Obsessive compulsive disorder. Excessive thoughts (obsessions) and repetitive behaviors (compulsions) were observed in 24% in one series of 74 patients with supranuclear palsy (53). In another study, about 33% of patients with supranuclear palsy met criteria for obsessive-compulsive personality disorder, compared to 13% of those with multiple systems atrophy (115).
Pseudobulbar affect. Emotional lability is a common symptom in patients with supranuclear palsy. It is characterized by relatively brief outbursts of emotion, such as laughing or crying (134). Pseudobulbar affect is a disorder of affect, whereas depression is a disorder of mood (depressed patients usually have a flattened affect, and they hide feelings of hopelessness and helplessness). Patients with supranuclear palsy can have both depression and pseudobulbar affect.
Speech and language disorders. Progressive apraxia of speech, nonfluent aphasia, or agrammatic speech are all clinical features seen in some variants of progressive supranuclear palsy (76). Word-finding difficulty may be a problem for some patients with supranuclear palsy, but it is less severe than that seen in Alzheimer disease or corticobasal degeneration (23). Josephs and Duffy described a subset of patients with supranuclear palsy that presented with apraxia of speech, nonfluent aphasia, and agrammatism (82).
Sleep disorders. Rapid eye movement (REM) sleep behavior disorder is a parasomnia that is an important preclinical sign of synuclein-mediated neurodegenerative diseases, such as Parkinson disease and dementia with Lewy bodies (128), but REM sleep disorder is also present in 33% to 37% of patients with supranuclear palsy (10; 110). The patients with supranuclear palsy had lower values for total sleep time and sleep efficiency on polysomnogram. Differences in brainstem pathology were thought to influence these findings.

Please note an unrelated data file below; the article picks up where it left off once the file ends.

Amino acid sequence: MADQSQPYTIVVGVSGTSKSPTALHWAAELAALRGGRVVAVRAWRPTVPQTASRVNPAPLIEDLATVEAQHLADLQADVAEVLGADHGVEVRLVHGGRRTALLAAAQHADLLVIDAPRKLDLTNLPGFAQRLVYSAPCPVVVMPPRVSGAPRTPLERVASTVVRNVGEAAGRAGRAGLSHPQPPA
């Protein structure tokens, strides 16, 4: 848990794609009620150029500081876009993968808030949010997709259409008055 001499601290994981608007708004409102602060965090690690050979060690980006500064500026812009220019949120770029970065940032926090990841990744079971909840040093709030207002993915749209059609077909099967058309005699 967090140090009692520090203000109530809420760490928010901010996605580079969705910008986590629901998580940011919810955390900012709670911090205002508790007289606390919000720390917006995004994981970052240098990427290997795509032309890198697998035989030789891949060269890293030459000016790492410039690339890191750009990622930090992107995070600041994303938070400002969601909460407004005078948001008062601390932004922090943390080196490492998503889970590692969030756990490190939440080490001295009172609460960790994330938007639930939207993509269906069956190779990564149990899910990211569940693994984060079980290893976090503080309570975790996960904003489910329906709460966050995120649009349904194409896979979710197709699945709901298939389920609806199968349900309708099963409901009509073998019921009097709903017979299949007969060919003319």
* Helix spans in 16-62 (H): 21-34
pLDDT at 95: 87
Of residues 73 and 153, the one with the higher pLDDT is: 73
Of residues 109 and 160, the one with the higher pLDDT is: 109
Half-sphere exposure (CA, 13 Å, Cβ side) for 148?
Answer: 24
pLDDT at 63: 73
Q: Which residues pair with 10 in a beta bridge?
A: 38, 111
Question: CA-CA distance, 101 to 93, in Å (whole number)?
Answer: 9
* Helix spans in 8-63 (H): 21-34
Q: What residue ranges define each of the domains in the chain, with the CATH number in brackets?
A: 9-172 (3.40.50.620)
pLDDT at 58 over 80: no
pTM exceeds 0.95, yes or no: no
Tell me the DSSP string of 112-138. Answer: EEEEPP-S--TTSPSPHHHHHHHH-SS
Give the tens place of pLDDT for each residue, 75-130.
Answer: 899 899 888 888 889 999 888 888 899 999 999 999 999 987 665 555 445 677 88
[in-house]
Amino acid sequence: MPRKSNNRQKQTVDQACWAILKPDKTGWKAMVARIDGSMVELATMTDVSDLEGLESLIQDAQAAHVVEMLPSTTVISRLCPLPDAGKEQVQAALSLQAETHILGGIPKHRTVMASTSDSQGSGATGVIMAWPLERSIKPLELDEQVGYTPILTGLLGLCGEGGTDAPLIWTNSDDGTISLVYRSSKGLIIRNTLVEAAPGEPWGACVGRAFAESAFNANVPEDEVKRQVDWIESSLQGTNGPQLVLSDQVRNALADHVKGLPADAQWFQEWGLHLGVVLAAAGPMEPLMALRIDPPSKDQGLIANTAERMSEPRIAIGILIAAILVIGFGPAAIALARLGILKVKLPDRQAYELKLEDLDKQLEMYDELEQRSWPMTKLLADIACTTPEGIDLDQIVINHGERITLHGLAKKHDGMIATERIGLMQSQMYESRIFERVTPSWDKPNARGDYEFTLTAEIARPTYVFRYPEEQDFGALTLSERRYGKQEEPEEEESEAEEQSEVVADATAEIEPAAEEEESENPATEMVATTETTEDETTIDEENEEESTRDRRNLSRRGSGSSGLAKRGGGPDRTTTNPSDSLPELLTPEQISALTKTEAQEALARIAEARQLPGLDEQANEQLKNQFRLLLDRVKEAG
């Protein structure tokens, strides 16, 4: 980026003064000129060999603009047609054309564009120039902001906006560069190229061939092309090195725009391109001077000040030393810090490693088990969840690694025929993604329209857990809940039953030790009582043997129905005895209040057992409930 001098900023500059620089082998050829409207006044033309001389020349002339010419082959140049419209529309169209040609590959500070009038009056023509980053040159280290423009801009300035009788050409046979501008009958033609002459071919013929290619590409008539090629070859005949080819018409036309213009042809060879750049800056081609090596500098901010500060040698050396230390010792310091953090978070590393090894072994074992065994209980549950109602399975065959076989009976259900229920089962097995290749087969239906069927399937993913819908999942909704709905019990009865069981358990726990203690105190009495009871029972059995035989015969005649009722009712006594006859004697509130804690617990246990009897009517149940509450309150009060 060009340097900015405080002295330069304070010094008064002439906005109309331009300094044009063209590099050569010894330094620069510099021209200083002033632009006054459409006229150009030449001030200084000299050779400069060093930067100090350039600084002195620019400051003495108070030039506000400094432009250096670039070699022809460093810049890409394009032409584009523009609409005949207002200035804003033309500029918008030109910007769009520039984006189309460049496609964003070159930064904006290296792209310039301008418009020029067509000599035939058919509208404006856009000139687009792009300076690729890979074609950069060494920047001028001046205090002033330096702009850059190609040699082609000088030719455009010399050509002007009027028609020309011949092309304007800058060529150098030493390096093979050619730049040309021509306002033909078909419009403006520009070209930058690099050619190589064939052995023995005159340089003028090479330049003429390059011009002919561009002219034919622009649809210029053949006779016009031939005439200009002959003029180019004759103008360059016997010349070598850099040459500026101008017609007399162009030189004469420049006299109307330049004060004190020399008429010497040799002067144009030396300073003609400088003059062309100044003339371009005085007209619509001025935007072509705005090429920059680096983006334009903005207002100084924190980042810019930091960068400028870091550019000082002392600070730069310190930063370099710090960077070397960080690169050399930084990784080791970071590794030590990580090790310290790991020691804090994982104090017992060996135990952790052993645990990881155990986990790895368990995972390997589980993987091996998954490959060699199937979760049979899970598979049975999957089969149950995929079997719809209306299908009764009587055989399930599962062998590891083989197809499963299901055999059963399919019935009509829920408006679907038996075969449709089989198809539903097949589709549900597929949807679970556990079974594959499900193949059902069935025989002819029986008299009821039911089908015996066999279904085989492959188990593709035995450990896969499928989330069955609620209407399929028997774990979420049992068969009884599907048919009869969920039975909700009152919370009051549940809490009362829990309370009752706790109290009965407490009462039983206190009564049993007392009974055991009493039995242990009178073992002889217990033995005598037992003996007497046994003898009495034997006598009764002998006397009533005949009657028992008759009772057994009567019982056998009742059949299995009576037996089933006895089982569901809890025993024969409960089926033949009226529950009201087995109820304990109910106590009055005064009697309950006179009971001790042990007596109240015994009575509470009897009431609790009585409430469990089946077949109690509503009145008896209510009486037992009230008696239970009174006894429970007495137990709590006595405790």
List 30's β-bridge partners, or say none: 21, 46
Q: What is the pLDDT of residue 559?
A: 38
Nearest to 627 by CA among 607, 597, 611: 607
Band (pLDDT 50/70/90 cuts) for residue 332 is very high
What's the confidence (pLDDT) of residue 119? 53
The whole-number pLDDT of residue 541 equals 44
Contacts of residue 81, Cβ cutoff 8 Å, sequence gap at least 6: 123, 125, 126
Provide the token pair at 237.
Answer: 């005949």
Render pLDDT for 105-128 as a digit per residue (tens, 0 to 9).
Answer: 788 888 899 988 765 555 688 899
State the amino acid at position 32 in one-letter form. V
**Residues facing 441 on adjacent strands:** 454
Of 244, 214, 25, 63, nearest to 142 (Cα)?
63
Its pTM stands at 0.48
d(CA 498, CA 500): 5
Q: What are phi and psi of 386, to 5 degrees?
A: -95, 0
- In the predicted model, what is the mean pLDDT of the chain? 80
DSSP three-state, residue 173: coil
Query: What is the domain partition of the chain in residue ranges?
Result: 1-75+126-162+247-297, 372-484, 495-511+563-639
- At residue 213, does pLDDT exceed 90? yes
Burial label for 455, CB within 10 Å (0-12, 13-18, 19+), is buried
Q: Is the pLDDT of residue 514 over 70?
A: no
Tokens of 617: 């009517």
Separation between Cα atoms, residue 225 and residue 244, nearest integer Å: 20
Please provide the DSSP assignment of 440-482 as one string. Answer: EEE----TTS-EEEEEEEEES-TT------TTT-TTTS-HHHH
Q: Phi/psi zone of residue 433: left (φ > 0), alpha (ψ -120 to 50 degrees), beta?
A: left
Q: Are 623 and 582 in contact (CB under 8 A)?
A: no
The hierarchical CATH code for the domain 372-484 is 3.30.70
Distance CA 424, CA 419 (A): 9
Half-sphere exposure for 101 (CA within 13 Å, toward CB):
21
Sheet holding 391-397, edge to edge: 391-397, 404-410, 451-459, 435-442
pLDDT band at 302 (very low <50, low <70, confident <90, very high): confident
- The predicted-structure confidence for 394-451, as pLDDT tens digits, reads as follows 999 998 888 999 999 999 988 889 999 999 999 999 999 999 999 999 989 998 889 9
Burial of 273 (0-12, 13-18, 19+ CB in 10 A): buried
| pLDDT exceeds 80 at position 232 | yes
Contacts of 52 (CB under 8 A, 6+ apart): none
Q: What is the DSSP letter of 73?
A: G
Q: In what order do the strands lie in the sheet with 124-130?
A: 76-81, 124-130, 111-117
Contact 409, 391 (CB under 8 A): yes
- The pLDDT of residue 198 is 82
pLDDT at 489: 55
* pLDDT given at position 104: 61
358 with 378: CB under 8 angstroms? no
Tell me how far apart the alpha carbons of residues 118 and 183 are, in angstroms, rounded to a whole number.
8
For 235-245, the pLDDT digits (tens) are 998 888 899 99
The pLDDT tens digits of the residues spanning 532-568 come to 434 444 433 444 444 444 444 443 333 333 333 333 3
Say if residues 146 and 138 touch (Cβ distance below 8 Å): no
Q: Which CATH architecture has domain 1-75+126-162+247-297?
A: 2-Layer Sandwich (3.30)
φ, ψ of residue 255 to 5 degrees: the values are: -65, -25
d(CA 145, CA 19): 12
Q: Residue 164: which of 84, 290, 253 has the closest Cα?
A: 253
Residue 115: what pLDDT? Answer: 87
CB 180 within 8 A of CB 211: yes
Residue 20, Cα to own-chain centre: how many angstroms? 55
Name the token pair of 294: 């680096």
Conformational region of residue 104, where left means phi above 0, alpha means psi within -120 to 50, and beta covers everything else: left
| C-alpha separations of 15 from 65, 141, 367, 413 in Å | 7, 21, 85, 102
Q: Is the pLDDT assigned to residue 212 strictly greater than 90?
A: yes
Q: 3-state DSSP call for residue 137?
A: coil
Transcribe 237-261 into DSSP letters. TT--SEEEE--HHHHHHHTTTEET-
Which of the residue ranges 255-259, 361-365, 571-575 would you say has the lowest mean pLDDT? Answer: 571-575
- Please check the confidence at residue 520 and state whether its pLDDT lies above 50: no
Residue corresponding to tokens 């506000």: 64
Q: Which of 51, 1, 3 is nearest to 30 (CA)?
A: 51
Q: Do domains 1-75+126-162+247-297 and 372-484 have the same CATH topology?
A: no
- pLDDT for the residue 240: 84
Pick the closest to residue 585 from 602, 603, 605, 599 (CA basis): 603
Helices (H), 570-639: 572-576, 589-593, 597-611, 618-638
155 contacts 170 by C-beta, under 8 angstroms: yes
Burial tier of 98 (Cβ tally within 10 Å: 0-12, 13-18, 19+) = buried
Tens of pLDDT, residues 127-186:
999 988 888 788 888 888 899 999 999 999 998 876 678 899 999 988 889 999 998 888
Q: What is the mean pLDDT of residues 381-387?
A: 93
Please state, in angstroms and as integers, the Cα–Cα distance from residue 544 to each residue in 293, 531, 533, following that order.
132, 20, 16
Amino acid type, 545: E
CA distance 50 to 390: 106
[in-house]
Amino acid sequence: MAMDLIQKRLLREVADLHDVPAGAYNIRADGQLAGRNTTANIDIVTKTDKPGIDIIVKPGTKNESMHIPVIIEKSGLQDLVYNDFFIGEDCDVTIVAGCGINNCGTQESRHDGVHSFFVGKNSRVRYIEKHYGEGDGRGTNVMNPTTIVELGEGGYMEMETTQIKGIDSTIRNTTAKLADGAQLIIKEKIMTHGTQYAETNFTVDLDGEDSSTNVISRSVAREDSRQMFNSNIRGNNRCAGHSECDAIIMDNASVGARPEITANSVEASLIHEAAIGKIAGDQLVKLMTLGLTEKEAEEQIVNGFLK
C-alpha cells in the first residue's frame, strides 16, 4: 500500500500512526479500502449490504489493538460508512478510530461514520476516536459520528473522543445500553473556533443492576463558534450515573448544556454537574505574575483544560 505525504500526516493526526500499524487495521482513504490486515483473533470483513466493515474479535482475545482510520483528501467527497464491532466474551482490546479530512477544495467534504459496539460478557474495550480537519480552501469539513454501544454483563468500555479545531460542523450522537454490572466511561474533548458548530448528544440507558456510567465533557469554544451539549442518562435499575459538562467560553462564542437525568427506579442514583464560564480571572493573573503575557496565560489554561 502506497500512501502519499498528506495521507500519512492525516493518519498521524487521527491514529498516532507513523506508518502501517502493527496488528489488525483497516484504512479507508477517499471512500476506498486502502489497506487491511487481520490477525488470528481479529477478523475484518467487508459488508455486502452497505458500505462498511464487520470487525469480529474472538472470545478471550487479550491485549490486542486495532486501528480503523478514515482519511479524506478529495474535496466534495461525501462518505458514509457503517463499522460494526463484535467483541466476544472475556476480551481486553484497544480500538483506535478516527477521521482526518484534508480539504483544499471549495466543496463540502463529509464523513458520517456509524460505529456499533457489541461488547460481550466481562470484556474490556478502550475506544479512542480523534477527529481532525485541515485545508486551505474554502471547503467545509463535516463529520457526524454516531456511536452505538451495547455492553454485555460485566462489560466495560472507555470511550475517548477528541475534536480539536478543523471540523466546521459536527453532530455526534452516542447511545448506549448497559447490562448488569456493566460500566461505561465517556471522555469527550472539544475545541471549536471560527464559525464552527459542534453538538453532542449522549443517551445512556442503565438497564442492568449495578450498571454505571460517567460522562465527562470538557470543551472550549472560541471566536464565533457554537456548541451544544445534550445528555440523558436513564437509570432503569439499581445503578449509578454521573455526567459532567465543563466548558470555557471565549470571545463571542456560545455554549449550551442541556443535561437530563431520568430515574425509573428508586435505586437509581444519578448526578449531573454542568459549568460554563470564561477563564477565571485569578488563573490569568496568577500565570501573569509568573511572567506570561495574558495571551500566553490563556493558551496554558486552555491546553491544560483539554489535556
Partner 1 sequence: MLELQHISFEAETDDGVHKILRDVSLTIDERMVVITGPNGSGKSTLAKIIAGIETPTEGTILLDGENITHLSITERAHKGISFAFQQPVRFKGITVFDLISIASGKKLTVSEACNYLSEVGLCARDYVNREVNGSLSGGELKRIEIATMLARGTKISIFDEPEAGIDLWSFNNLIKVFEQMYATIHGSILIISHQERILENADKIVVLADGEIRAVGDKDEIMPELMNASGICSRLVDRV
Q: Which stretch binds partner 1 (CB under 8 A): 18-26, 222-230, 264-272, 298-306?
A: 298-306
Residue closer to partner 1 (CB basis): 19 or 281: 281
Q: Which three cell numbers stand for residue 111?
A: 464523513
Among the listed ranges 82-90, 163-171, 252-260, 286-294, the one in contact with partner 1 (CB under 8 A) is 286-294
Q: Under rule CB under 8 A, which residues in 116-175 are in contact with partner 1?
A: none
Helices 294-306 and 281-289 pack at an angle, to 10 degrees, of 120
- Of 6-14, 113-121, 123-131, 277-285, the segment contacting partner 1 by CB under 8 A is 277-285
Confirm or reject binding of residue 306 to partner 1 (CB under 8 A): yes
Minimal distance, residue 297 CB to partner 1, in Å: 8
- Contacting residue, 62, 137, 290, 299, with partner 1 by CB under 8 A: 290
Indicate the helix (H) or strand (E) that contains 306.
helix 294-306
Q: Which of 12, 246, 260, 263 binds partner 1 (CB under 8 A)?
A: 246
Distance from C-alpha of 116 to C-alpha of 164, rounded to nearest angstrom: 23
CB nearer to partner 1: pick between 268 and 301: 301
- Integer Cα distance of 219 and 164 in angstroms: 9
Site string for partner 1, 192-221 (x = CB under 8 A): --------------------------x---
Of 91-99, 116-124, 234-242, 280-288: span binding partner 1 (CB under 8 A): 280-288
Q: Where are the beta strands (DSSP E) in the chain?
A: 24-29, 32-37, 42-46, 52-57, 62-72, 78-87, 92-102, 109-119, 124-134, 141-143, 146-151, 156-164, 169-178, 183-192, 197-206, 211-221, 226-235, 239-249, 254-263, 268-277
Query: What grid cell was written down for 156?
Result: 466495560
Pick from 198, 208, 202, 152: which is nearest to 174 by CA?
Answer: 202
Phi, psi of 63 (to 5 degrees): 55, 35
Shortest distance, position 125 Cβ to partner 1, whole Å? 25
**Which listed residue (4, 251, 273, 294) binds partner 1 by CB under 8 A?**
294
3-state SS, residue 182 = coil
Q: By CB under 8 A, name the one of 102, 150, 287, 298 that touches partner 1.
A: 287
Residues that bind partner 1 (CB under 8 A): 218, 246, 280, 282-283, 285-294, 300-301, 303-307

Social cognitive deficits. Patients with supranuclear palsy show impairments on voice emotion recognition and theory of mind tests, deficits of which correlate with grey matter atrophy in the inferior frontal gyrus and anterior rostral medial frontal cortex (57; 147). Both frontotemporal dementia patients and those with supranuclear palsy have impaired ability to represent others’ opinions and intentions (theory of mind) (147), and changes in the salience network occur earlier in these two diseases than they do in other neurodegenerative diseases (160). Pontieri and colleagues used the Penn emotion recognition test to assess facial emotional recognition abilities in patients with supranuclear palsy, compared to an age-matched group with Parkinson disease (127). Patients with supranuclear palsy were significantly impaired in their ability to recognize sad or happy faces, compared to those with Parkinson disease. This fits with the previous literature suggesting social cognitive deficits in this disease. Supranuclear palsy patients also have difficulty in verbally describing their own feelings (alexithymia), a finding that is identifiable very early on, occurs at a higher frequency than is seen in Parkinson disease, and seems to be predicted by the presence of depression (11).
Progression of cognitive impairment to dementia. Cognitive progression is more dramatic and rapid in PSP-Richardson syndrome than in Parkinson disease or multiple system atrophy. In one study, executive, language, and visuospatial abilities declined over a period of 15 months in PSP-Richardson patients, but not in Parkinson or multiple system atrophy patients (50). In that study, 16% of PSP-Richardson patients had converted to dementia after 18 months from the time of diagnosis.